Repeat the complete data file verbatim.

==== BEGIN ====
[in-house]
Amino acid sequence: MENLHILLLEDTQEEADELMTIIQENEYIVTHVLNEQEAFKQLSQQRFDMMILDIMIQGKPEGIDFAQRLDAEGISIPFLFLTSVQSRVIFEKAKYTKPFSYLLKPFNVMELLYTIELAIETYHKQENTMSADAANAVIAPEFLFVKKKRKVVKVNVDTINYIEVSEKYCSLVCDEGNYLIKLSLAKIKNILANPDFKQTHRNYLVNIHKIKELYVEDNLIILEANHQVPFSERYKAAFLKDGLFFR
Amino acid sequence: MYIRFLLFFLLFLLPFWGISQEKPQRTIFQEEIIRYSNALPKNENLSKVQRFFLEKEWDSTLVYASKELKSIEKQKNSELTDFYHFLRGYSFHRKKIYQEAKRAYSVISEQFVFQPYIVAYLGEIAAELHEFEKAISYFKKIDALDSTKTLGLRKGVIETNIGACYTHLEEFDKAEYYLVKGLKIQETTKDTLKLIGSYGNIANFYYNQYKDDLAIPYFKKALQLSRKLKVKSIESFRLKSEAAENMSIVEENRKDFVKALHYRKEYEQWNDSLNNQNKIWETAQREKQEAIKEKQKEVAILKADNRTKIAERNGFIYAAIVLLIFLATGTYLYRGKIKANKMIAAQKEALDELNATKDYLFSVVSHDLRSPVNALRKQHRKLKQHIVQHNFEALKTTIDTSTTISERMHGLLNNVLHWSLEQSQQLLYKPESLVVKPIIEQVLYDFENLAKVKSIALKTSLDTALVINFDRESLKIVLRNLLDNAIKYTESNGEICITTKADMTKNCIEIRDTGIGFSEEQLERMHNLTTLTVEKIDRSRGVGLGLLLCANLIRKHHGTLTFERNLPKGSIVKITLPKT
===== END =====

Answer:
[in-house]
Amino acid sequence: MENLHILLLEDTQEEADELMTIIQENEYIVTHVLNEQEAFKQLSQQRFDMMILDIMIQGKPEGIDFAQRLDAEGISIPFLFLTSVQSRVIFEKAKYTKPFSYLLKPFNVMELLYTIELAIETYHKQENTMSADAANAVIAPEFLFVKKKRKVVKVNVDTINYIEVSEKYCSLVCDEGNYLIKLSLAKIKNILANPDFKQTHRNYLVNIHKIKELYVEDNLIILEANHQVPFSERYKAAFLKDGLFFR
Amino acid sequence: MYIRFLLFFLLFLLPFWGISQEKPQRTIFQEEIIRYSNALPKNENLSKVQRFFLEKEWDSTLVYASKELKSIEKQKNSELTDFYHFLRGYSFHRKKIYQEAKRAYSVISEQFVFQPYIVAYLGEIAAELHEFEKAISYFKKIDALDSTKTLGLRKGVIETNIGACYTHLEEFDKAEYYLVKGLKIQETTKDTLKLIGSYGNIANFYYNQYKDDLAIPYFKKALQLSRKLKVKSIESFRLKSEAAENMSIVEENRKDFVKALHYRKEYEQWNDSLNNQNKIWETAQREKQEAIKEKQKEVAILKADNRTKIAERNGFIYAAIVLLIFLATGTYLYRGKIKANKMIAAQKEALDELNATKDYLFSVVSHDLRSPVNALRKQHRKLKQHIVQHNFEALKTTIDTSTTISERMHGLLNNVLHWSLEQSQQLLYKPESLVVKPIIEQVLYDFENLAKVKSIALKTSLDTALVINFDRESLKIVLRNLLDNAIKYTESNGEICITTKADMTKNCIEIRDTGIGFSEEQLERMHNLTTLTVEKIDRSRGVGLGLLLCANLIRKHHGTLTFERNLPKGSIVKITLPKT